Accurate timing is needed in all telecommunication networks both in and between the core network and radio access layer and is critical to the management of end to end delay and delay variability and cell to cell and network to network interference.
The telecommunications industry has become progressively more dependent on accurate time, frequency and phase references with ETSI producing synchronisation standards specifying increasingly stringent requirements for jitter and wander at synchronisation interfaces, for clock accuracy and stability and synchronisation network architecture.
These distributed timing architectures are supplemented by GPS and GNSS based time references but GPS receivers are vulnerable to hardware failure, software errors, deliberate and accidental jamming and signal blocking in indoor and urban canyon applications. On January 26th 2016, software uploaded to the GPS constellation caused a 13 microsecond error in the GPS universal timing message highlighting the vulnerability of telecommunication networks to timing errors.
Legacy cellular networks such as GSM have relatively straight forward timing and synchronization requirements with frequency synchronization provided via asynchronous Ethernet backhaul using the IEEE 1588 Precision timing protocol and or synchronous Ethernet (Sync E). This meets the frequency synchronization requirements of GSM, HSPA and LTE FDD but cannot be used as a phase or time reference. The time and phase reference of LTE TDD and LTE Advanced has to be traceable back to Coordinated Universal Time (UTC). This is defined by the ITU standard ITU-T G.8272 and needs to compensate for variable delay introduced by router hardware and routing flexibility.
In 4G mobile broadband, localised and large scale time coordination is made more complex by the need to manage interference through mechanisms such as Intercell Interference Coordination (ICIC) and to manage link budgets through mechanisms such as Coordinated MultiPoint (CoMP) transmission. TDD requires additional time and phase coordination.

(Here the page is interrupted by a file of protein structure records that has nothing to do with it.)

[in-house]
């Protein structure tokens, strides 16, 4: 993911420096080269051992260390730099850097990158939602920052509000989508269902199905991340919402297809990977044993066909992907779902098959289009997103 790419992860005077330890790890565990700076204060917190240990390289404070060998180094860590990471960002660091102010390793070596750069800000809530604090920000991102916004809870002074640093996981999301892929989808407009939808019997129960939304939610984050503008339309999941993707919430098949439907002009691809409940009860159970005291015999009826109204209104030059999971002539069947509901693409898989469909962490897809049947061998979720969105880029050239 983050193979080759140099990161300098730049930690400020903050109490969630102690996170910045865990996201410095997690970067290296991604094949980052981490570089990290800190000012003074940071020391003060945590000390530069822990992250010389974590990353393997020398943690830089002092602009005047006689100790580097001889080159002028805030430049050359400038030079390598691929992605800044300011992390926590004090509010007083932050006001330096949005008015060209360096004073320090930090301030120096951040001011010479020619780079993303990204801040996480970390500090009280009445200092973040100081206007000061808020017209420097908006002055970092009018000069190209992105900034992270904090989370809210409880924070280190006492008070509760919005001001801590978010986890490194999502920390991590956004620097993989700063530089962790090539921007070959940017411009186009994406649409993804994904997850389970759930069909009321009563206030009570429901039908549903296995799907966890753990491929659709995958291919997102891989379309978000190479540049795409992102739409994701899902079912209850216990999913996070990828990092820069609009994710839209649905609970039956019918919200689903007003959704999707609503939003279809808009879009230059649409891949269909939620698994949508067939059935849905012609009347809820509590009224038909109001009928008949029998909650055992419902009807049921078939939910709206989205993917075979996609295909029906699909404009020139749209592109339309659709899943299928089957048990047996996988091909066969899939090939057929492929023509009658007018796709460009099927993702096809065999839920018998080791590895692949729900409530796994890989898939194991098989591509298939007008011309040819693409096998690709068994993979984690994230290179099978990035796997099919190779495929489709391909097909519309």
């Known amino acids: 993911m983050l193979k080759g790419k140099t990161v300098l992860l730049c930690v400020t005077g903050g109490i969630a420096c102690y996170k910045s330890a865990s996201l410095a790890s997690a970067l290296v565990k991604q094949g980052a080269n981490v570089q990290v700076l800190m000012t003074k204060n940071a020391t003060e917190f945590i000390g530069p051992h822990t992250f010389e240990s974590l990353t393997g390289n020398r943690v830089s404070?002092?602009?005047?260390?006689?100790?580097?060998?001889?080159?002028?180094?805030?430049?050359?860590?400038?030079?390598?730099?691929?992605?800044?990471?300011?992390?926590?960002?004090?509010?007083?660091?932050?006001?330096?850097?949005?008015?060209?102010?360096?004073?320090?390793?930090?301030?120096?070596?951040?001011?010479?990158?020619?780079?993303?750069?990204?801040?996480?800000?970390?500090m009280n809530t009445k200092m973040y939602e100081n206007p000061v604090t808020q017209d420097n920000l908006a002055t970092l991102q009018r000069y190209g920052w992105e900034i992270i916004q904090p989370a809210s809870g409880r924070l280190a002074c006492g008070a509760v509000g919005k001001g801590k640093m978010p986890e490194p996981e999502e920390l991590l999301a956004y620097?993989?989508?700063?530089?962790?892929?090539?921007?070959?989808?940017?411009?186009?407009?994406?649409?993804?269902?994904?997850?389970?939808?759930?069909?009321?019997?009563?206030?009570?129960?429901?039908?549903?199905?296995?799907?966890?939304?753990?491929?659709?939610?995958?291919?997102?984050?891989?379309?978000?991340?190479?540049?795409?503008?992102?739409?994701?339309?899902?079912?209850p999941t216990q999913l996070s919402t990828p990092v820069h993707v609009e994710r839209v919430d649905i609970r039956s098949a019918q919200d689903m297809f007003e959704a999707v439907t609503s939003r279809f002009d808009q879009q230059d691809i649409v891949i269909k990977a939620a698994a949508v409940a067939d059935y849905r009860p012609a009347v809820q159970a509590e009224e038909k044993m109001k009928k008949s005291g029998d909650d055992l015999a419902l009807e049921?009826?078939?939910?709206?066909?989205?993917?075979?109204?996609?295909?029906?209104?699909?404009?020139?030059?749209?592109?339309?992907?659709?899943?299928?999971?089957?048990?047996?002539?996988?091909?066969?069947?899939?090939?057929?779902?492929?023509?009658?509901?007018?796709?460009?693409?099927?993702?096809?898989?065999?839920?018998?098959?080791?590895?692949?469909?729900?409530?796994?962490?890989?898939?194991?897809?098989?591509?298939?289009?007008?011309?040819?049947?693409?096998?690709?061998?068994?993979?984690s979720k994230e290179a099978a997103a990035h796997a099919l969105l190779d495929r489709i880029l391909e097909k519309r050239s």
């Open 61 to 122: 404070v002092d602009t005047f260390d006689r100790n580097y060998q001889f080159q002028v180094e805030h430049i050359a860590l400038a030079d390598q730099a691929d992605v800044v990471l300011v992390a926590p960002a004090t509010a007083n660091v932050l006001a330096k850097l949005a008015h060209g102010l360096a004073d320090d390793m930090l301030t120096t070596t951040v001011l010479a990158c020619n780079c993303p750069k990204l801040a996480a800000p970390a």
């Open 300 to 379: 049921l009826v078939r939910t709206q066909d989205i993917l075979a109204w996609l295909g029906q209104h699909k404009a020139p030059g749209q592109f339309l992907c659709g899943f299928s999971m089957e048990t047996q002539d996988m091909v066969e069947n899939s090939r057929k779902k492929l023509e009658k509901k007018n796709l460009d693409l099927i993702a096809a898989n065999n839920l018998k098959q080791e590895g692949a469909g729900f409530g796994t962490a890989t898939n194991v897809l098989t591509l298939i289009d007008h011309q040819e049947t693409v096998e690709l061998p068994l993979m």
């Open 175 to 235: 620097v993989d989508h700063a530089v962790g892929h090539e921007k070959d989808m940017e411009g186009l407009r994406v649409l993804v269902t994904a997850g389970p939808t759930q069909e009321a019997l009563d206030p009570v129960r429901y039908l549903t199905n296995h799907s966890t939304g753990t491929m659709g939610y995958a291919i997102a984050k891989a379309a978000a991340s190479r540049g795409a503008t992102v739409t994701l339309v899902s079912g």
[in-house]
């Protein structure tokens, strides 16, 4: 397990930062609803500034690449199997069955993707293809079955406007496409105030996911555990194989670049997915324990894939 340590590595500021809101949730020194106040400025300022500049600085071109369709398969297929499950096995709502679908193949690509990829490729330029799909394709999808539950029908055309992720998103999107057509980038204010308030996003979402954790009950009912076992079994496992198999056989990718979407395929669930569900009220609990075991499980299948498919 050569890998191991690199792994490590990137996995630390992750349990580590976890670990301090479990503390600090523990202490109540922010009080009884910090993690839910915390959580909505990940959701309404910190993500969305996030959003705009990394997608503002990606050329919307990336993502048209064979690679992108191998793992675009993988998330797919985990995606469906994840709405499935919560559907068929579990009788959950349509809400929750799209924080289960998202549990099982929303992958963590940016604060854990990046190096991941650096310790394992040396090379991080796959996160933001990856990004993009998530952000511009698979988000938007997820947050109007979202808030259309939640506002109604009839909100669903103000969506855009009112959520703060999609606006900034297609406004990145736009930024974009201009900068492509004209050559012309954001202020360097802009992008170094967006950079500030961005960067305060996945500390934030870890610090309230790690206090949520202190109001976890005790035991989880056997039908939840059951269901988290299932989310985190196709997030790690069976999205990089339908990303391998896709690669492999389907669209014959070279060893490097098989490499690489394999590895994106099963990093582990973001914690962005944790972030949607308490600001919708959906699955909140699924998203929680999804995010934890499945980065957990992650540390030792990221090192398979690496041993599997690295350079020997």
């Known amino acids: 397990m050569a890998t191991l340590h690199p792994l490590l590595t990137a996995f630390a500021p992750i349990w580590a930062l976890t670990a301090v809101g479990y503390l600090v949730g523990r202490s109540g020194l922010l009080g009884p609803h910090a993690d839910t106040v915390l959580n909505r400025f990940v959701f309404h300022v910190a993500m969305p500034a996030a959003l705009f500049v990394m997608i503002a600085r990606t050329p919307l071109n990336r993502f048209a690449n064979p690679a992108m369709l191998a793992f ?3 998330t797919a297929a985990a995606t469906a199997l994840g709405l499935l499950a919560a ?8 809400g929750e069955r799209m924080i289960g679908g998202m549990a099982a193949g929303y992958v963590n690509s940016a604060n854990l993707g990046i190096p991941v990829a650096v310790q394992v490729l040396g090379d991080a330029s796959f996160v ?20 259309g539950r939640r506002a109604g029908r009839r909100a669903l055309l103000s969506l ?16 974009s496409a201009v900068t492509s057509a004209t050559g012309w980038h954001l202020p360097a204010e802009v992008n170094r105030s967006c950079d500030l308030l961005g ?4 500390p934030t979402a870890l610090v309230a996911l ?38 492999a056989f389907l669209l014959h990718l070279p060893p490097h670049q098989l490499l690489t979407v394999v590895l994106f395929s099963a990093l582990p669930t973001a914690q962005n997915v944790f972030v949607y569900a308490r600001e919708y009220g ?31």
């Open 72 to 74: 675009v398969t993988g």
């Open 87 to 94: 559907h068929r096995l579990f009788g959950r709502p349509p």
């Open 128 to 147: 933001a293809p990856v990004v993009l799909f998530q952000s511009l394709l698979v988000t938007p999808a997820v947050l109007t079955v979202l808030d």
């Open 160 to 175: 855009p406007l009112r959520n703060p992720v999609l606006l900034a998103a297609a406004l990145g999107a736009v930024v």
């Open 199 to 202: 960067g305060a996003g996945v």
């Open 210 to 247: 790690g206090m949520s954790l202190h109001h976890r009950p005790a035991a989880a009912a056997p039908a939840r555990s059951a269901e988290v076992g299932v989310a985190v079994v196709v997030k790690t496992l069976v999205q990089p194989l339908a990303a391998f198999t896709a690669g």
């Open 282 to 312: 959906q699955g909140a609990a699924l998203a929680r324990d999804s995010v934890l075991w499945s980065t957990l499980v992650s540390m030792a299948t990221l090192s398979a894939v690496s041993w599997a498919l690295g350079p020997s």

For 5G, safety critical applications in automotive intelligent transport systems, energy grid applications, e-health applications and factory of the future requirements specify end to end latency of less than 5 milliseconds and packet loss thresholds equal to or lower than 10-5.
This will require a new generation of big atomic clocks. In parallel, miniature super accurate quantum clocks will help reduce the vulnerabilities associated with GPS based timing systems and improve the management of delay and delay variability and cell to cell and network to network interference in the radio access network. Other options for improving resilience include the repurposing of legacy positioning, location and timing systems, for example the updating of the Loran system (e-loran.)
In this heritage event we review how clock technology has evolved and how lessons learnt over many centuries of clock making have provided the basis for timing in modern day telecommunication networks.
The session will start with a visit to the Clockmakers Museum and the Wells Cathedral Clock - the world’ second oldest working clock. Delegates will then listen to three presentations in the Dana Centre Conference room followed by drinks, a short film on the speaking clock and the session will conclude with a networking drinks session.
About the Clockmakers Gallery
The Clockmakers Gallery includes more than 1000 watches, 80 clocks, 25 marine chronometers and a number of fine sundials and examples of hand engraving, mapping the history of innovation in watch and clock making in London from 1600 to the present day.
Assembled by the Worshipful Company of Clockmakers and once located in the Guildhall, this remarkable array of timepieces traces the story of the capital’s clockmakers—from their first marine chronometers and mechanical clocks through the evolution of the wristwatch.
John Harrison was the inventor of the marine chronometer. Among the collection’s highlights are the fifth chronometer he made, which he completed in 1770, and a four-month duration longcase clock by the father of English watchmaking, Thomas Tompion.